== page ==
Water conservation and reduced inputs at Stone Creek Golf Club
The course’s new construction plan is both budget and eco-friendly.
David Phipps, Golf Course Superintendent
Stone Creek Golf Club, Oregon City, Ore.
Stone Creek Golf Club is a municipally owned18-hole course designed by Peter Jacobsen and Jim Hardy. The course offers spectacular views of Mount Hood. It is laid out over 120 acres of land with old-growth Douglas firs, lakes, four wetlands, and 43 bunkers.
From the onset of construction we knew that water was going to be a valuable commodity. Our irrigation water sources were limited. We could draw from a local creek, but only enough to keep two cubic-feet per second passing by our water diversion. That meant that by July 1, we were done diverting water.
Our second source of water is a deep well that pumps 230 gallons per minute. The well is our only water source from July-October.
The well pumps 331,200 gallons of water to the irrigation pond during a 24-hour period. Given pond seepage and evaporation, the water is limited to 280,000 gallons on a high water demand night.
Out of a 120 acre site roughly 90 acres of turf is irrigated. In 2009, we pumped 121 acre-feet, which is 1.34 acre-feet per irrigated acre.
According to the Golf Course Environmental Profile, Water Use and Conservation Practices Survey, the Pacific Region uses an average of 158 acre-feet per 18-hole facility. That equates to 1.9 acre-feet per irrigated acre.
The driving range is one of our biggest areas of water savings. It is shut off as soon as we start drawing water from the well. This saves us in excess of 30,000 gallons a night which can be better used on other places. Fescue species help so that it rapidly recovers upon the onset of the first fall rains. Many would think that a golf course in Oregon would receive plenty of rain throughout the year, but within the July-October time frame we are lucky to see an inch.
Stone Creek offers distinct seasonal conditions. Golfers love the additional bounce and can enjoy the game the way it was played 100 years ago. As the fall rainy season begins, the course transitions in almost a week’s time back to green. We are always amazed at how fast the fescues recover.
We designed an irrigation system and a turfgrass management plan that would accommodate our ongoing water issues. Our tee boxes were irrigated block style to keep all of the water on the tee tops. This allowed the grass to go dormant around the tee tops in the summer.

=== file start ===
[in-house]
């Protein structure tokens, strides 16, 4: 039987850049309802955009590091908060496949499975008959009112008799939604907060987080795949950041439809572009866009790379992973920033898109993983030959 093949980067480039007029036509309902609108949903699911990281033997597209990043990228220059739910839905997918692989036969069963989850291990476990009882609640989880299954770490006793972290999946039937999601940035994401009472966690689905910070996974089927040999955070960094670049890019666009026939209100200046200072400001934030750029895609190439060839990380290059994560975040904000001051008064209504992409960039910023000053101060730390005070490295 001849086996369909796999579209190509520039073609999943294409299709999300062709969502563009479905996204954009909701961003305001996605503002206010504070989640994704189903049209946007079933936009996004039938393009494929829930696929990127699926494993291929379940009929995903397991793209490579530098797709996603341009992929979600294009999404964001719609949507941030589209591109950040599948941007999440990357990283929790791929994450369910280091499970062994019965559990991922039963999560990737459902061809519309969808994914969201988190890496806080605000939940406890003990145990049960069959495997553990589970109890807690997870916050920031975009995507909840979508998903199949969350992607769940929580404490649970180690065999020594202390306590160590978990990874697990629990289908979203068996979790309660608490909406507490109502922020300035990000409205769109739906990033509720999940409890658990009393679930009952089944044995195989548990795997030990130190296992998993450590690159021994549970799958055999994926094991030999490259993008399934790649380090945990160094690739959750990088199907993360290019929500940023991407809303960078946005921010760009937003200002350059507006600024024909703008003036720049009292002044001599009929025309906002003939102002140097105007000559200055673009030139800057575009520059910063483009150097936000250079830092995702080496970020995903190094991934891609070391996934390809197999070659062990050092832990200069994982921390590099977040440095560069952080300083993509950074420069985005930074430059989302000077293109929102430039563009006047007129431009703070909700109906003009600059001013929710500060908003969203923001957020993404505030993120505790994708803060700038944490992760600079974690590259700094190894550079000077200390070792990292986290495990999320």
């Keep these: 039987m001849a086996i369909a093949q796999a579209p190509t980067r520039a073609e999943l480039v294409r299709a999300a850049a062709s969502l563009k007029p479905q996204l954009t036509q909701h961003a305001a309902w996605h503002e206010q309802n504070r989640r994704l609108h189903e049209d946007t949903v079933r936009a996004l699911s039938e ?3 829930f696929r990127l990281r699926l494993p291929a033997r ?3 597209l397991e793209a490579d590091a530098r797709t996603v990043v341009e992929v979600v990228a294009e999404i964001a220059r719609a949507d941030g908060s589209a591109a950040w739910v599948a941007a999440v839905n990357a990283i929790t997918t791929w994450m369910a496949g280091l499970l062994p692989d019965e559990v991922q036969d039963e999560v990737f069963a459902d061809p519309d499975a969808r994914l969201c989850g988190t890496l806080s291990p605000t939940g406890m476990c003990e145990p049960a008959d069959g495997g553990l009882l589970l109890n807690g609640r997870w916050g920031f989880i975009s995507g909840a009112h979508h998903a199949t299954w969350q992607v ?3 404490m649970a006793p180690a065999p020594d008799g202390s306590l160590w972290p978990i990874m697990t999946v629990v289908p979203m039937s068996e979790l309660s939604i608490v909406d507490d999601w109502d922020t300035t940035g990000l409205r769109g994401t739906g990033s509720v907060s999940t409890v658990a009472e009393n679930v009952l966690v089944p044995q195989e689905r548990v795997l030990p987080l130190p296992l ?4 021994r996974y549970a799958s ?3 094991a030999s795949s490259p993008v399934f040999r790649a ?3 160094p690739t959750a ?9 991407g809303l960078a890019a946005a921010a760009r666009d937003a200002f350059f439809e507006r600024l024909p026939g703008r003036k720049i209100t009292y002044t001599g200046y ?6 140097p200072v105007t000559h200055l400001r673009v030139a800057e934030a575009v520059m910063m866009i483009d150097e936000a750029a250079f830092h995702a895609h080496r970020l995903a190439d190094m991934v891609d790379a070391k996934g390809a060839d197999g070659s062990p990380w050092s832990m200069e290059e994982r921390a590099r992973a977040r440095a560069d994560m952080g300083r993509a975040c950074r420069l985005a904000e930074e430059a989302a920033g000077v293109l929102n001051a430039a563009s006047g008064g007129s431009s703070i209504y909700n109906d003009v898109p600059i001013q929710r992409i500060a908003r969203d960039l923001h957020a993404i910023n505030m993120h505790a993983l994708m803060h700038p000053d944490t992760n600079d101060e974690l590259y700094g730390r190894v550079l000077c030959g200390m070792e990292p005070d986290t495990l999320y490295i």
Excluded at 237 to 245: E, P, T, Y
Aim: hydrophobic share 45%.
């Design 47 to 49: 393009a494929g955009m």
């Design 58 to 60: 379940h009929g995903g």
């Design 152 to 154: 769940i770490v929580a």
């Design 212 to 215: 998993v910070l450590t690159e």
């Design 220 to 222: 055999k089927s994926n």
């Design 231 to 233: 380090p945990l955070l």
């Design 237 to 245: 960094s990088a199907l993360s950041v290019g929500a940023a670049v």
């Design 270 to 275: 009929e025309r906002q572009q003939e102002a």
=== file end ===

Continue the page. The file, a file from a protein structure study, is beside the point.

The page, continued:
The turfgrass used was a combination of fine fescues with 40% perennial ryegrass. These species were planted wall-to-wall with the exception of the tees and greens.
Over the last nine years, the natural areas between the holes have predominately become a stand of fine fescue. The roughs that receive limited irrigation in the summer are also primarily fescue as well. The fairways maintain a combination of rye and fine fescue.
Fine fescue thrives on limited fertilizer. The outer rough receives zero nitrogen, remains thin, and is mowed only in the fall. Our regular rough receives from .75 to 1.5 lbs of nitrogen. Our fairways receive 2.5 lbs. of nitrogen. We have also transitioned to a 90% methylene urea slow release product. This gives us a slow and safe release curve that prevents runoff, and feeds the grass all season long.
Spend more, save money
Even though we had to spend a little more for higher quality fertilizer, we were still able to realize cost savings by avoiding a mid-summer application.
We discovered that if we substitute an early spring fertilizer application and apply a high-quality calcium product, we get the same amount of green-up, without the risk of a soluble fertilizer. Managing the course in a drier condition has also reduced the amount of insect and disease pressure.
It is hard to estimate the overall cost savings. Since this was the first construction of its kind, we never had data to make comparisons. The money saved has allowed us to increase our budget and maintain the course at a high standard.
Dollars are able to go toward cultural practices such as a fairway topdressing and growth regulators. We can also now employ additional staff throughout the year that allows us to get many projects completed during the offseason.
The benefit is realized by the 60,000 plus rounds that we see each year, and the net income which offsets the county park’s budget. The input reductions have not prohibited us from providing a marketable playing experience for our golfers. Our course has been recognized with several industry awards, including:
- Golf Digest Best Places to Play (4 Stars) 2006-2007
- Voted #1 Best Value in the Pacific Northwest - Brainstorm Magazine 2004
- Voted #6 Best Public Course in Oregon - Golfweek 2004
- Golf Digest Four Star Course -2004
- Voted in the top 10 environmentally friendly golf courses- Links Magazine 2009
- Environmental Leaders in Golf Award, National Public Winner 2008.
- Environmental Leaders in Golf Award, Chapter Public Winner, 2005, 2006, 2007.
- Environmental Leaders in Golf Award, Merit Public Winner, 2004.
- Cooperator of the Year - Clackamas County Soil and Water Conservation District 2004-2005
From the onset of the design phase we realized that we were saving money and creating optimum playing conditions. Our water conservation issues forced us to change how we operated. And now our course is both environmentally and budget friendly.
Learn more about Stone Creek Golf Club.